Ragib’s counsel filed an appeal on his behalf with the Sylhet Metropolitan Sessions Judge Akbar Hossain Mridha’s court on Thursday.
Confirming the matter, Public Prosecutor Mofur Ali said the court had fixed March 8 for the hearing on the appeal.
The duo were sentenced on February 2 in a case filed for forging signatures and grabbing the land of an endowment property owned by Sylhet’s Tarapur Tea Estate.
Two cases were filed against Ragib, his son, and four others for grabbing the land of Tarapur Tea Estate and setting up structures, flouting the rules.
He and his family members fled to India through the Jakiganj border on August 10, hours after a court ordered his arrest in connection with the cases.
Later, he was arrested in Assam, as his visa had expired, and handed over to Bangladesh authorities through the Sutarkandi border.
The irregularities were first detected by a Parliamentary Standing Committee in 1999, which recommended that the authorities take legal action against the grabbers. Based on their suggestions, the then land commissioner of Sylhet filed the two cases with Kotwali police on September 27, 2005. But proceedings had stalled for 11 years.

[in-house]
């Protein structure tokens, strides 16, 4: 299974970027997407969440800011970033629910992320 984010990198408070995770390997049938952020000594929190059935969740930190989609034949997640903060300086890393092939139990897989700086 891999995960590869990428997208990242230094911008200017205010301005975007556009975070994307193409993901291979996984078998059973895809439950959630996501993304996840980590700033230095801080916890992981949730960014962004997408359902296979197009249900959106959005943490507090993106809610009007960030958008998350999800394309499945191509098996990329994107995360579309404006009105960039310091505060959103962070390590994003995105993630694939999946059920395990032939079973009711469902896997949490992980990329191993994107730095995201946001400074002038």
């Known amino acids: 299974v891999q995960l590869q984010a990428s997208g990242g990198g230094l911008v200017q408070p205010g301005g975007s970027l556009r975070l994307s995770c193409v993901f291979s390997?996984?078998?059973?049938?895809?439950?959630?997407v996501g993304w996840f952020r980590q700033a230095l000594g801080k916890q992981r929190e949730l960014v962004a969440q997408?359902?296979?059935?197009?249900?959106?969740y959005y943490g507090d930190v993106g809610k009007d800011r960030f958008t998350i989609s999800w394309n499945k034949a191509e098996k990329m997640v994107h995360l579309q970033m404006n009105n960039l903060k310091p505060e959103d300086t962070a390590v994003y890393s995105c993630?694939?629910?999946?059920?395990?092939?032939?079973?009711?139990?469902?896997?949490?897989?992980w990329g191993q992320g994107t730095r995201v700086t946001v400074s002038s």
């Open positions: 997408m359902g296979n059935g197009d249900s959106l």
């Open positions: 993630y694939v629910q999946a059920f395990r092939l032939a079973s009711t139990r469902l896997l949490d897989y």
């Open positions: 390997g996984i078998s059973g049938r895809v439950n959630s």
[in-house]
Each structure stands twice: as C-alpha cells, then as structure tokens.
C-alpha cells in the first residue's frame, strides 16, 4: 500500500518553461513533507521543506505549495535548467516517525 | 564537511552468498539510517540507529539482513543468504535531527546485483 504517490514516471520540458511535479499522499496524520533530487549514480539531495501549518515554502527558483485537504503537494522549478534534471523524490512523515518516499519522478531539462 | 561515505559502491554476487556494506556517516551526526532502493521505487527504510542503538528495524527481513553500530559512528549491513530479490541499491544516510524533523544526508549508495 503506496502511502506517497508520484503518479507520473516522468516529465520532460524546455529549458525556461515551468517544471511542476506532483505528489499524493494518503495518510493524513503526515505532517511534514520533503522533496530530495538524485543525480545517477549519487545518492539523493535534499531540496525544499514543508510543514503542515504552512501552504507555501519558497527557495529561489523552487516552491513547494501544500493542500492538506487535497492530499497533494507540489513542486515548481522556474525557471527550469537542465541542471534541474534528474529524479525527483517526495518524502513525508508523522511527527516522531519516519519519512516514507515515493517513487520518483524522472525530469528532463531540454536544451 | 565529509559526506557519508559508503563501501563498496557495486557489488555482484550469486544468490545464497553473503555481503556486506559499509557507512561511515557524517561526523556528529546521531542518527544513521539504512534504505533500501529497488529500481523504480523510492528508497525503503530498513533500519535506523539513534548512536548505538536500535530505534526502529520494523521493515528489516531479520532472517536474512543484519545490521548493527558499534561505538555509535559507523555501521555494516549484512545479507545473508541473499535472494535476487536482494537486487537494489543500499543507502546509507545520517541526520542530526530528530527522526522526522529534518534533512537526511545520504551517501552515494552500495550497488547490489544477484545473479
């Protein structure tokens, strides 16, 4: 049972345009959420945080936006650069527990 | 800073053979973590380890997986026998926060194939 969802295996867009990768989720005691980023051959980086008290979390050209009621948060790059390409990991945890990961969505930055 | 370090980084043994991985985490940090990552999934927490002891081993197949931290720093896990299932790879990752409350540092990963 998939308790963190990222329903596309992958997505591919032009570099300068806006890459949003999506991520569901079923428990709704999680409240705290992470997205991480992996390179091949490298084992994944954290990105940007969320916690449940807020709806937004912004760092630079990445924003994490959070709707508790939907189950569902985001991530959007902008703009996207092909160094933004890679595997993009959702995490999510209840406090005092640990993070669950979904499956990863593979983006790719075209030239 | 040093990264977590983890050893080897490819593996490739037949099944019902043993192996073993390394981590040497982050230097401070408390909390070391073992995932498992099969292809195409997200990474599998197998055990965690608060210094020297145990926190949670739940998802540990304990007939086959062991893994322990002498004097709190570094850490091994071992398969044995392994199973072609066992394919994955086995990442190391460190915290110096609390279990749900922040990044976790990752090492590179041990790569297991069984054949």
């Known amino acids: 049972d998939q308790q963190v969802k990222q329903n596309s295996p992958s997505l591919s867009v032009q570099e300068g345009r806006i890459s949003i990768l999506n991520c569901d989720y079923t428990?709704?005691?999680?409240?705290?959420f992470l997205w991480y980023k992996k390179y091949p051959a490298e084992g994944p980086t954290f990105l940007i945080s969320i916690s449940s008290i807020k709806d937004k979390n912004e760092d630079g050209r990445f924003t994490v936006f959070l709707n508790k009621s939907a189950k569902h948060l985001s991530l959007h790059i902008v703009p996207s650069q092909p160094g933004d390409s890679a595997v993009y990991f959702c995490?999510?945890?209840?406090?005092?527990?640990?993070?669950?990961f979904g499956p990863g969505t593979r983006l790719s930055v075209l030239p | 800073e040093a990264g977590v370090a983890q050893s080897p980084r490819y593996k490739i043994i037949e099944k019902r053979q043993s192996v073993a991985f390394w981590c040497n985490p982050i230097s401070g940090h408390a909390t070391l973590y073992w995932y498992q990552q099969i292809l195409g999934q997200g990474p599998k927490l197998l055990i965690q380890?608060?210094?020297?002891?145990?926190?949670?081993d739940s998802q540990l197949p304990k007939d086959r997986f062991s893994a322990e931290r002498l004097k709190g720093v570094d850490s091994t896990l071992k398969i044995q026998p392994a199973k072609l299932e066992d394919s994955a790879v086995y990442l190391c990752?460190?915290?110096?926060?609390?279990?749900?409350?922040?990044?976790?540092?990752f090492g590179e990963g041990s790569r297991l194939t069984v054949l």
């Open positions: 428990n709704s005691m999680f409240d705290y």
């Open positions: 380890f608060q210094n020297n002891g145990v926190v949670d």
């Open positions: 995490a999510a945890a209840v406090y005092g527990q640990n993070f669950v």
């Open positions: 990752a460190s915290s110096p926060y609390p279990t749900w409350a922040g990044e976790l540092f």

In its final verdict, the Appellate Division on January 19, 2016 ordered the government to reclaim the land of the tea garden and revive the cases. In April, the Police Bureau of Investigation started re-investigating the case and filed a charge sheet on July 10.
Ragib Ali is the vice-chairman of South East Bank, chairman of the trustee board of Leading University and former chairman of the North South University trustee board. He founded Ragib-Rabeya Medical College in Jalalabad in Sylhet and many other organisations, including local newspaper the Daily Sylheter Dak.
Until the apex court's verdict came last year, Ragib Ali was widely known as Daanbir or philanthropist for his financial contributions to many educational institutions.